The next step is doing the research. Before you can start working on your project, you have to know what you need to learn. Meaning, you need to know what is necessary to finish that project. So, take some time and search on the web for things (knowledge) that may be necessary for your project.

For example, do you need to know front-end, back-end or app development? What programming languages will you need to use, and learn? Will you need to use any framework? Also, what about databases? Will you focus only on one side of the project, such as front-end or back-end? Or, will you go full-stack and learn it all?

Create a concrete learning plan

Now you know what tech stack you are going to use. Next step is about creating a plan. It would be a suicide to try to learn everything at the same moment. The result would be a pile of mess and chaos. Better approach is to divide your project into few separate paths, and focusing on each of these paths individually, one at a time.

For example, let’s say you want to build a website, front-end as well as back-end. In that case, you can create one path for front-end and another one for back-end. Then, you dedicate some time solely to the front-end path. You can either finish it or work on it for a specific time. Then, you switch your focus solely to the back-end path.

There is no multitasking or constant switching from one path to another. That would only lead to previously mentioned pile of mess and chaos. Yes, could finish the project this way. However, you would not learn to code, at least not very well. Skills such as learning to code requires focus, concentration and specificity.

Specificity is also why you did your research. It is not enough to know what approximately you want to build. You have to be specific. You have to pick specific programming language(s) and frameworks. Then, you have to create a specific path to learn what you need about those languages and frameworks, to learn the syntax and how to use it.

Focus on what is the most important

Get clear about the language(s) and frameworks you need to learn. Then, find out what parts and concepts of that language or framework are the most important to start and finish your project. This is the type of knowledge you must focus on. Now, the most important thing is to get started. Everything else is secondary.

Don’t overwhelm yourself with tones of information about every tiny detail about the language or framework you are going to learn. Instead, focus only on information you really need for the work on your project. Will this help you learn everything? No. When you learned how to speak your native language did you read the whole dictionary? No.

You learned only the most useful words, words that helped you communicate. If you need to add some new, you learned it. However, you didn’t spend months or years memorizing the whole dictionary. You learned enough to speak and communicate. The same applies here. You need to learn just enough to get up and get going.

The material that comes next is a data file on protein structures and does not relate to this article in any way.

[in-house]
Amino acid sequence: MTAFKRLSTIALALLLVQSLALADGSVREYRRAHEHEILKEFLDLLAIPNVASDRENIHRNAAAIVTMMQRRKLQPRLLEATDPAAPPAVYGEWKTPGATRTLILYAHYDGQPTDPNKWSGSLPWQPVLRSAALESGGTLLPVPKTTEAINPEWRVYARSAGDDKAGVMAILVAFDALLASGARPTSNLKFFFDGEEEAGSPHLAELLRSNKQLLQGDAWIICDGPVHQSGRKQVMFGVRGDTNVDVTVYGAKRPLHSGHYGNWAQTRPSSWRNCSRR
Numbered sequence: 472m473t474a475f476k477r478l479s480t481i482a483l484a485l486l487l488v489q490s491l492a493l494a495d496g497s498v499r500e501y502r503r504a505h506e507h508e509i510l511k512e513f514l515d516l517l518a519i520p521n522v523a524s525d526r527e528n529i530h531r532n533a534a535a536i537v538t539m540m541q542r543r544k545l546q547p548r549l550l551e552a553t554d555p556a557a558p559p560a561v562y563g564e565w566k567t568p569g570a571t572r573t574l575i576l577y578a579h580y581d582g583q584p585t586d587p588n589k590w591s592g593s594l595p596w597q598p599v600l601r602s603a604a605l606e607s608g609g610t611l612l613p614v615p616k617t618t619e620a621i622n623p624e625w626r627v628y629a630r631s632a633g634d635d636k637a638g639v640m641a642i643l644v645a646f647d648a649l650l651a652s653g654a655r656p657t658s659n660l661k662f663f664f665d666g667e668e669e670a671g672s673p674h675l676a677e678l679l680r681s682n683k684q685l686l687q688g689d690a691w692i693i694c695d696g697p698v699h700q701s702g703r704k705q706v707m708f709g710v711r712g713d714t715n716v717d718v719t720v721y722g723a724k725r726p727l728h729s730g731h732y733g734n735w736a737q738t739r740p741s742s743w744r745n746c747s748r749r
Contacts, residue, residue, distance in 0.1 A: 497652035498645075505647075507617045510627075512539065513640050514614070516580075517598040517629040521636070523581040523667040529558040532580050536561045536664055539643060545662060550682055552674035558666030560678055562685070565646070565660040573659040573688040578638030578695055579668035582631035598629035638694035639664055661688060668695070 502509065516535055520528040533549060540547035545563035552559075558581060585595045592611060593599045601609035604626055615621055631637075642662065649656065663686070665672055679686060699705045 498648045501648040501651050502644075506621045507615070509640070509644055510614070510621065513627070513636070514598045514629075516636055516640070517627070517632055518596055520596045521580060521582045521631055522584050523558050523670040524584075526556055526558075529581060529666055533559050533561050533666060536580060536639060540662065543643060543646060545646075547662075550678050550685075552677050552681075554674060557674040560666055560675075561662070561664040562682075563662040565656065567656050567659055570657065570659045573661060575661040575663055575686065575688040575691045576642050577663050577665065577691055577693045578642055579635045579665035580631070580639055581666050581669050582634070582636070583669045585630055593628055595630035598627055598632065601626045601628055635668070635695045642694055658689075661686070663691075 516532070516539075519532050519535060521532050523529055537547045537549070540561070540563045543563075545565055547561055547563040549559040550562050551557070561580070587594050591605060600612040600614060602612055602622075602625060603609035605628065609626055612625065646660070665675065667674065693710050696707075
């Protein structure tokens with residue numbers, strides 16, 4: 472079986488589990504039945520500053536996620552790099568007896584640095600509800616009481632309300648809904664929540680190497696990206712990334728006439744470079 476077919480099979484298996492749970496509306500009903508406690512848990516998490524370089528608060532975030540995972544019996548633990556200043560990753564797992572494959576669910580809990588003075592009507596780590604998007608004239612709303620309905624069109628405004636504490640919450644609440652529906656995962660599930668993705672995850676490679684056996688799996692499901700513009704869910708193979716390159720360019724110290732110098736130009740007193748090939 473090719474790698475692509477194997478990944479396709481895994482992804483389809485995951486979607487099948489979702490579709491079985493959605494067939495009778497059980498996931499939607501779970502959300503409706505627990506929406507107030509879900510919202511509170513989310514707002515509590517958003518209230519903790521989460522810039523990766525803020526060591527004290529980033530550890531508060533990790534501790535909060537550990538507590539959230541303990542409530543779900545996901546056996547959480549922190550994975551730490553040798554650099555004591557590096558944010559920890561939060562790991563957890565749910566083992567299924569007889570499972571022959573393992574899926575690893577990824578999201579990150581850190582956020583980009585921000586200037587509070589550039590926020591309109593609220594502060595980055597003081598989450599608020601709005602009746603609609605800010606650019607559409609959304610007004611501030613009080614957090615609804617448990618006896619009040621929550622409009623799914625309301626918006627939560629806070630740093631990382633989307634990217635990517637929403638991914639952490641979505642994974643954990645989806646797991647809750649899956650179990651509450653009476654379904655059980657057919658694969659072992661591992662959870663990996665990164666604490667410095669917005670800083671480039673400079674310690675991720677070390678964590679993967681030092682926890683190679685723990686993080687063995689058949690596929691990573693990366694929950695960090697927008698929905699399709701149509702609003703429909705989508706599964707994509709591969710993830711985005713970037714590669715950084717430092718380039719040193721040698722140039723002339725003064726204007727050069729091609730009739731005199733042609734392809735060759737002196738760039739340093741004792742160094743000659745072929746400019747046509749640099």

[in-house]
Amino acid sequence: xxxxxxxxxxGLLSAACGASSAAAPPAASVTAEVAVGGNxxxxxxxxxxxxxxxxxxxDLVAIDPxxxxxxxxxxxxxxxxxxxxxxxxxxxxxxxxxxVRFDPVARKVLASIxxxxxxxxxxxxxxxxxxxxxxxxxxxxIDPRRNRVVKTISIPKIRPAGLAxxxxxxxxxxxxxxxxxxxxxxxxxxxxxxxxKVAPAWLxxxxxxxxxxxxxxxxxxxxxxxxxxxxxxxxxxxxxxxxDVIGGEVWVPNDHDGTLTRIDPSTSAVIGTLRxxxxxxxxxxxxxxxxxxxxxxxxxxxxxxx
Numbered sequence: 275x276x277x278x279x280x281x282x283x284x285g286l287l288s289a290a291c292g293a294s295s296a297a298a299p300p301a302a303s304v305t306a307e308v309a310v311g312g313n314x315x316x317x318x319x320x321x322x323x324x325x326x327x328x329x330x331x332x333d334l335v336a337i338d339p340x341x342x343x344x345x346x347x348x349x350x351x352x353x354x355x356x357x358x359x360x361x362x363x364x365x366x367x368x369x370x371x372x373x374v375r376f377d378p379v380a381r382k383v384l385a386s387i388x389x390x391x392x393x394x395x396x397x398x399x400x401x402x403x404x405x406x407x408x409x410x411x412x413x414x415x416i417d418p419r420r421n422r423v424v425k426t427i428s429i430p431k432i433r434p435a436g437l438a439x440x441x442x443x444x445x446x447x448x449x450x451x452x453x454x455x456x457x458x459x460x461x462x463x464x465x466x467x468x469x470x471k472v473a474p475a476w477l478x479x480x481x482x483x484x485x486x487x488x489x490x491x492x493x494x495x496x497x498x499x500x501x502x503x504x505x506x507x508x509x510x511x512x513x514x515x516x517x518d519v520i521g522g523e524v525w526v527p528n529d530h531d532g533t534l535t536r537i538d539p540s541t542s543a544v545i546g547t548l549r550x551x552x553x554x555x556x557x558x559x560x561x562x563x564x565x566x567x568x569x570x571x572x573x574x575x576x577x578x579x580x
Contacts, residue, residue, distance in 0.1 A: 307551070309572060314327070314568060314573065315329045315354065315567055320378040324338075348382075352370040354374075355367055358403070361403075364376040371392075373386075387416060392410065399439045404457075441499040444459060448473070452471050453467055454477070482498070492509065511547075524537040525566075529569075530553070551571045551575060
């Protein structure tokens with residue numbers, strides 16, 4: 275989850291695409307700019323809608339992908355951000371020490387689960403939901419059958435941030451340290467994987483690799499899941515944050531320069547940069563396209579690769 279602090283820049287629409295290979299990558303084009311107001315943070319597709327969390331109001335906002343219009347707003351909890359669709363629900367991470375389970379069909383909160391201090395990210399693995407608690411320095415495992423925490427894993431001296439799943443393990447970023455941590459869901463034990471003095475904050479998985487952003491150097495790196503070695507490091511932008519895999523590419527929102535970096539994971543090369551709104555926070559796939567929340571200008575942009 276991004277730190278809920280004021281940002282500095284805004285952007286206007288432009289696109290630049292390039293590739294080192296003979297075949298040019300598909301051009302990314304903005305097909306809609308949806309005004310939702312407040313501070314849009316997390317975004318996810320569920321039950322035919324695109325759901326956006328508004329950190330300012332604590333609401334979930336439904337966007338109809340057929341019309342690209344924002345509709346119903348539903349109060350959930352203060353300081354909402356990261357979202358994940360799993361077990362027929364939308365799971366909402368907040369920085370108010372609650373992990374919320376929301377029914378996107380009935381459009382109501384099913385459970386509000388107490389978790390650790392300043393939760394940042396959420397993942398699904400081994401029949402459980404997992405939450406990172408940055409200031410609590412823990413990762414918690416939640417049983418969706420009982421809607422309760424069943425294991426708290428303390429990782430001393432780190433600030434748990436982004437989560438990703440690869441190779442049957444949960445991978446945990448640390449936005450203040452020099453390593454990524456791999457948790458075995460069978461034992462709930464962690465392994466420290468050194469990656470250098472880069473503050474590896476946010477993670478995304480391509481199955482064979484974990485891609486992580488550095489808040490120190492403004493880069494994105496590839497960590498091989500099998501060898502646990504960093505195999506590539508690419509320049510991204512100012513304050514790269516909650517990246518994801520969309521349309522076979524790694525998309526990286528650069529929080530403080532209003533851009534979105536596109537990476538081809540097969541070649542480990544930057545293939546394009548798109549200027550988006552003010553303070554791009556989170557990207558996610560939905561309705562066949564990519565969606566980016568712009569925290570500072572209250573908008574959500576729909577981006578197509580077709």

So, don’t try to learn everything. There will be a lot of time, and opportunities, to learn all that less important stuff in the future. For now, focus only on what is the most important. Focus only on what will help you start writing code and what will help you finish your project. This is the number one priority at this moment.

Then, after you write your first lines of code and finish your project, you can focus on the topics that were less important. Then, you can focus on learning all the nuances of that programming language or framework. Until then, don’t waste your time.

Epilogue: How to learn to code

These were the first three tips that will help you learn to code. With these tips, you can learn to code in less time because you focus on the most effective ways to learn. Now, it is up to you to use these tips. Start with setting clear goals for yourself. Get specific on what you want to learn, why and how much time will you dedicate to it.

Next, focus on learning by doing. This is, by far, the most effective way to learn, anything. So, don’t waste your time hoarding books and tutorials. Instead, create a personal project for yourself. It can be something you always wanted to build. Or, it can be something totally random, like a clone of some existing app, web or program.

It doesn’t matter what it is. What matters is that it will be you who will code it. So, pick some project you find interesting. Next, do the research so you know what tech stack will you use and what will you have to learn. Then, create a concrete path to learn all you need. After that, start. Write your first lines of code.

Remember, the most important thing is to get started. Everything else is a waste of your time if you don’t make this final step. So, don’t delay it. This also applies to doing the project research. It is better to start even if you don’t knowing everything than to wait. Now, just start. Remember, you can figure out everything as you go.

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By Alex Devero

I'm Founder/CEO of DEVERO Corporation. Entrepreneur, designer, developer. My mission and MTP is to accelerate the development of humankind through technology.